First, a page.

How to be Mindful


Throughout my cancer survivorship journey, many people have asked me what mindfulness is. 
What does mindfulness mean? How does it help?

Mindfulness helps you direct your attention to your experience as it unfolds throughout life. It trains you to respond skillfully to whatever is happening; good or bad. It helps you slow down and it helps you know yourself better. Mindfulness teaches us to be more resilient and leads to self-acceptance and compassion for others. Mindfulness helps us perform better and ultimately leads to a more enjoyable life.

Yesterday, I was doing a deep dive into the endless void of Pinterest and found a simple and direct quote from Elisha Goldstein on 7 things that mindful people do. I thought it was a great and easy way to summarize for people, how to begin their mindfulness journey. There are hundreds of resources that relate to different mindfulness advice and practices, but the sheer amount of information can sometimes be overwhelming. Start small, like with this blog post, and work your way to finding your own mindful rituals. 

If you would like to read the entire article in detail, check it out here. Otherwise, I have taken some text extracts directly from the article on how to start your mindfulness journey.

7 Things Mindful People Do Differently + How To Start


1. Approach everyday things with curiosity
Curiosity leads the mindful person to get back in touch with the wonders and possibilities of life.

2. Forgive yourself; big or small
The simple phrase of “forgive and invite” can be enormously helpful. When we get caught in an obstacle, we “forgive” ourselves for the time gone by, investigate the obstacle to learn from it, and then “invite” ourselves to begin again.

3. Show gratitude for good moments, and grace for bad ones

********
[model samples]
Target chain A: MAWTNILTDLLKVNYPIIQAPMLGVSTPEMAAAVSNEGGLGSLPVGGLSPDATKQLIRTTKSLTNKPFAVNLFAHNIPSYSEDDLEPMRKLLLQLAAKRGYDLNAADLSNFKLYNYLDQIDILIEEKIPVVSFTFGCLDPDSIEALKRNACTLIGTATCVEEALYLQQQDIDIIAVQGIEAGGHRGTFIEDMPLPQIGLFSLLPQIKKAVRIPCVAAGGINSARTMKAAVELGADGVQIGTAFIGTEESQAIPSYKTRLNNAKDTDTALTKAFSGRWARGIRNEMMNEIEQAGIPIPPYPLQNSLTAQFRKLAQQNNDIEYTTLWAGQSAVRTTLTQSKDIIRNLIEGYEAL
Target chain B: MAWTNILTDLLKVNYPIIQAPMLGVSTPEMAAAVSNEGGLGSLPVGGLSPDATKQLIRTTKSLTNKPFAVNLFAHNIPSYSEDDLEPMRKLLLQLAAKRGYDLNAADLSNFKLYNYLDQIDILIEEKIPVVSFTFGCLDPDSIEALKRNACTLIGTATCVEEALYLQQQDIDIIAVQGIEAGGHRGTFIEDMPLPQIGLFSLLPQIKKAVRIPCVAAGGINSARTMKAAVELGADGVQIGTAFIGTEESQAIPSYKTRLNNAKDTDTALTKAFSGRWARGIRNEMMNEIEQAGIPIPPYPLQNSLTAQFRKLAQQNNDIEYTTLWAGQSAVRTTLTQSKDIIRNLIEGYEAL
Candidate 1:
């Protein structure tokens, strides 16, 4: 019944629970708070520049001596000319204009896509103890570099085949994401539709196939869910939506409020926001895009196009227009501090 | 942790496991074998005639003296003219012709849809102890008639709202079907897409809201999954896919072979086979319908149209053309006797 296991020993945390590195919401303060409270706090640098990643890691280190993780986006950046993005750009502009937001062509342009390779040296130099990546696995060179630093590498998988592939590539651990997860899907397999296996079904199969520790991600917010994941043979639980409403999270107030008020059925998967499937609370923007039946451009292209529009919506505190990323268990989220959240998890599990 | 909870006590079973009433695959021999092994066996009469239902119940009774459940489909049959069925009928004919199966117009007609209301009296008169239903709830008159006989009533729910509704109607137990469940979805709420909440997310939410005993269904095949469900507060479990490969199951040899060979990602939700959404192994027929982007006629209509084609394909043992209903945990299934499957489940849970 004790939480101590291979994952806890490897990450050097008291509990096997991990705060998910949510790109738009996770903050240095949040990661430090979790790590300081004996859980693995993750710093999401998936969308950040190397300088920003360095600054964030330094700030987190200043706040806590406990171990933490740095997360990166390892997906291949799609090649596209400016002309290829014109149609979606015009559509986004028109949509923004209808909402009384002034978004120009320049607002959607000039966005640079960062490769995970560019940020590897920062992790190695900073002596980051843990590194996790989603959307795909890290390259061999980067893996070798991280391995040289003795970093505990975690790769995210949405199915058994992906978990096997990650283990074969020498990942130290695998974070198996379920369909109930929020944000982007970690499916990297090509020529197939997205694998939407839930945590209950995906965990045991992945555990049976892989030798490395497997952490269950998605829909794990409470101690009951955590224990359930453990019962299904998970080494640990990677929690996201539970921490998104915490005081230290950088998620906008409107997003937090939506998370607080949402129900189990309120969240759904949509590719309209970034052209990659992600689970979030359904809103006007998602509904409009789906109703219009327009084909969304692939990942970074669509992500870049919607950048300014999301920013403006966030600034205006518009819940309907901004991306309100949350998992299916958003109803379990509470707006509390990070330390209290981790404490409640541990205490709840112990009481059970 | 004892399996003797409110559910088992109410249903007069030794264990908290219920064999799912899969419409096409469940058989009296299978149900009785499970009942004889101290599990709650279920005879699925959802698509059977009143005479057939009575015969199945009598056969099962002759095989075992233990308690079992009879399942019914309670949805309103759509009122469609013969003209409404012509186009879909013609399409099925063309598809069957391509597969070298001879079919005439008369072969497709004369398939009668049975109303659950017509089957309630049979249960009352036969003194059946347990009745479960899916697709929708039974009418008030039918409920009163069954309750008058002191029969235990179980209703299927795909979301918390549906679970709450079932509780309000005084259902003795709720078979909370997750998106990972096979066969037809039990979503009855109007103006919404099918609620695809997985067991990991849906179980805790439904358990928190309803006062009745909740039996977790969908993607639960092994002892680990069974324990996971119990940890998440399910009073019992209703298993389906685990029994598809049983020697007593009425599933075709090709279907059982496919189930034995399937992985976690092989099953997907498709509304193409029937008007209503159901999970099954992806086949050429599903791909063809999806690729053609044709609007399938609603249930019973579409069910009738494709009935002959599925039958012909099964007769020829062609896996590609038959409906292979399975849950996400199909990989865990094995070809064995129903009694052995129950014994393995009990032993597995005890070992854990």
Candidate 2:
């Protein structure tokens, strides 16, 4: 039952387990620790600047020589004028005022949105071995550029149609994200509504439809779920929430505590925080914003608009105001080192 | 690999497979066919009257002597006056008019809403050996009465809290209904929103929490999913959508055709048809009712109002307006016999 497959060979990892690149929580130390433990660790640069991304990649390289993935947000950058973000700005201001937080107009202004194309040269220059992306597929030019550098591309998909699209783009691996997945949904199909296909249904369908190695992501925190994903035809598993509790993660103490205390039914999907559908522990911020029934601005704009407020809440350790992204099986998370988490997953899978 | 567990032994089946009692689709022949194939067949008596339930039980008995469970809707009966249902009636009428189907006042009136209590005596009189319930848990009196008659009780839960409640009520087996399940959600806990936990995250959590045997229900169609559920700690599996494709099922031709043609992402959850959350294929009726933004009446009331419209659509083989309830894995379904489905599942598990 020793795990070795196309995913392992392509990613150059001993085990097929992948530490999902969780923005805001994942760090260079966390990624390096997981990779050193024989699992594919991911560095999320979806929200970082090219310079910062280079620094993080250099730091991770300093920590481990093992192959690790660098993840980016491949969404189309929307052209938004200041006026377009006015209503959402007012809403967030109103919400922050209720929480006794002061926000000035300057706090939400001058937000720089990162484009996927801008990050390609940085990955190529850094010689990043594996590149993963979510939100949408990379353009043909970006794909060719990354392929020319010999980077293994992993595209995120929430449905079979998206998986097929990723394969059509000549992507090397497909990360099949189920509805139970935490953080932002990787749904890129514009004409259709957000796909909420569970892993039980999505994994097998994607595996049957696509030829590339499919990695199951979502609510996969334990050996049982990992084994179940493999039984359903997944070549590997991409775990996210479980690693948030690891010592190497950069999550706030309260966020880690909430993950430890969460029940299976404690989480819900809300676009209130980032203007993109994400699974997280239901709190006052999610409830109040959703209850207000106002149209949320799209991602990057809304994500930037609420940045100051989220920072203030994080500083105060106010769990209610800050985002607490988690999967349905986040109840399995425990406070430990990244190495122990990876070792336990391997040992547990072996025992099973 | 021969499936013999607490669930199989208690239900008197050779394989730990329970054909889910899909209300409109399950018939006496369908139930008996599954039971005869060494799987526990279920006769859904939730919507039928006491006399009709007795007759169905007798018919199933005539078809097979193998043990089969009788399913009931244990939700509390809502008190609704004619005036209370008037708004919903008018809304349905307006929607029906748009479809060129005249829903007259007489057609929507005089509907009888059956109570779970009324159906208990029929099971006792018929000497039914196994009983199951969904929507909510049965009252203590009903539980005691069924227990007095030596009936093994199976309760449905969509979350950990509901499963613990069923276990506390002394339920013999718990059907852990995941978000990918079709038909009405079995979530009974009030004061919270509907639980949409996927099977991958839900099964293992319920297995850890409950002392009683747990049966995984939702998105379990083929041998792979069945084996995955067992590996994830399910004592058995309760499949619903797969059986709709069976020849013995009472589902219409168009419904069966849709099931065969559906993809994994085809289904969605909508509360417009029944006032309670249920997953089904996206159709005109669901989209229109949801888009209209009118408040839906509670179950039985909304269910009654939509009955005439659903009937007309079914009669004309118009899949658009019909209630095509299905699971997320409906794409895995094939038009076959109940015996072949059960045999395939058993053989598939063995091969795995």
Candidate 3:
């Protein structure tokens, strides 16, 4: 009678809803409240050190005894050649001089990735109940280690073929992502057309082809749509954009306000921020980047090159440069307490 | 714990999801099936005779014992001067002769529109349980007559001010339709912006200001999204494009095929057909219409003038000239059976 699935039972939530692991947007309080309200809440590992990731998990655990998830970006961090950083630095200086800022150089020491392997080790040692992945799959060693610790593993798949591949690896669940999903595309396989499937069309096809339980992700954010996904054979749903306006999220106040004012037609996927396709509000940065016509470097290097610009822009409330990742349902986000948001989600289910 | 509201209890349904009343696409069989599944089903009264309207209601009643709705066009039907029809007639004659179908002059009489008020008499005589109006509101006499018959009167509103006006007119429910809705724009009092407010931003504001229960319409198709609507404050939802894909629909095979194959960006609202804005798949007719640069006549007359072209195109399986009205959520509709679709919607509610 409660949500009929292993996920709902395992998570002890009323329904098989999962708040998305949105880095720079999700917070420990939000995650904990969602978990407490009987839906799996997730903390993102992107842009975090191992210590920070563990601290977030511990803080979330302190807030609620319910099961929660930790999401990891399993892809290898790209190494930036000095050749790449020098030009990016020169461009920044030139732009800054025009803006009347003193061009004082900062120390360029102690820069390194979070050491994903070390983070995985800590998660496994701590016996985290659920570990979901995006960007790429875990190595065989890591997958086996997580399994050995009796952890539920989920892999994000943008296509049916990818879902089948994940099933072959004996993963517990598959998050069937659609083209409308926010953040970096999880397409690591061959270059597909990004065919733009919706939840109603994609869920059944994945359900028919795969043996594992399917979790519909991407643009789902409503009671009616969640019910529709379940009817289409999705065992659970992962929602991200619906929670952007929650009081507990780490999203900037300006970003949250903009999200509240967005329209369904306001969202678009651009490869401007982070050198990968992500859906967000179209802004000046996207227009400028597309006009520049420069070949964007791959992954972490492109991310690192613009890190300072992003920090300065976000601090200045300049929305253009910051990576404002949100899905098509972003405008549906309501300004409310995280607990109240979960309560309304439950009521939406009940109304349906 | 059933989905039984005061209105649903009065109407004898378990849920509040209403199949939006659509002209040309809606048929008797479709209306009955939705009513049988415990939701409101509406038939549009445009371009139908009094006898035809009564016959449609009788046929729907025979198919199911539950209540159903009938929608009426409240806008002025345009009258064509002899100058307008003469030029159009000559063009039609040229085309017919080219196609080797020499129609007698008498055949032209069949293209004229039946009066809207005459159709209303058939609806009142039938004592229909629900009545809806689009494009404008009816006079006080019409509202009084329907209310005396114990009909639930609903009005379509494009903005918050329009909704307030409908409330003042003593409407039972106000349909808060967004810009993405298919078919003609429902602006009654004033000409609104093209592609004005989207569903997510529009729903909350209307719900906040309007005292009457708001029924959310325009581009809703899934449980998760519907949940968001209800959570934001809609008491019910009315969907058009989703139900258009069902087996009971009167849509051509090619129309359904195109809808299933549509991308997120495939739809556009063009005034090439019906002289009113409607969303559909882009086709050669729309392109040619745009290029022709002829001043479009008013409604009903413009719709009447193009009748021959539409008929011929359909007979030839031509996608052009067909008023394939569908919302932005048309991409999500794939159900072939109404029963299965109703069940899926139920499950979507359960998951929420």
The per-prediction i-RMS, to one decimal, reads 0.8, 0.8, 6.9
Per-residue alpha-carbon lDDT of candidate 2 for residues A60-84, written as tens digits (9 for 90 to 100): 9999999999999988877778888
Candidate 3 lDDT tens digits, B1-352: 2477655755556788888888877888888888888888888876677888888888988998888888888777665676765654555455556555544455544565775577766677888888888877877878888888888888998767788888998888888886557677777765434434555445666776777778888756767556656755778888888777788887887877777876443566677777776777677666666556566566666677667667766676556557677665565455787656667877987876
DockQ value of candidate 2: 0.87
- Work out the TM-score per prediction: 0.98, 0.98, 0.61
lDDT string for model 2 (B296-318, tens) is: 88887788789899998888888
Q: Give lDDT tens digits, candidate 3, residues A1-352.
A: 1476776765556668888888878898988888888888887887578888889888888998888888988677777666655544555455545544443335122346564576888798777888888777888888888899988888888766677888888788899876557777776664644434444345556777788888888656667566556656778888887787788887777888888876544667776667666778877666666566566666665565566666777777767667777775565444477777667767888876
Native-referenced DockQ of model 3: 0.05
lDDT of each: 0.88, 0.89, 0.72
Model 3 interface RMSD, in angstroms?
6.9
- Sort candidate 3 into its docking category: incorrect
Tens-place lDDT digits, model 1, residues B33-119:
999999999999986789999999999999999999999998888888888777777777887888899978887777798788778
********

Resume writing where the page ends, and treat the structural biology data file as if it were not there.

When you start paying attention to any emotion you start to experience that it is an energy that is “in motion.” It has a certain nature of coming and going and in experiencing this we can naturally hold them more lightly. This enables us to not get so wrapped up in the difficult feelings, but instead, hold them with a gentleness and tenderness.

4. Practice compassion and nurture your connections
Compassion can be defined as noticing suffering with an inclination to want to help in some way. A repeated practice of intentionally paying attention to ourselves with a curious and caring attention sends the implicit message to our brain that we’re worth caring about. 

5. Make peace with imperfection
As we start to practice being present we can’t help but see that we are not the only one who is imperfect. To be imperfect is to be human.

6. Be vulnerable
It takes courage to take the leap and be vulnerable, as we do this we begin to trust ourselves and others and in doing this we cultivate connection which allows us to feel safe and be happy.

7. Accept and appreciate that things come and go
As we practice mindfulness, we come to understand that life becomes increasingly precious. We begin to put our phones down more often and open our eyes to the sacred moments all around us.

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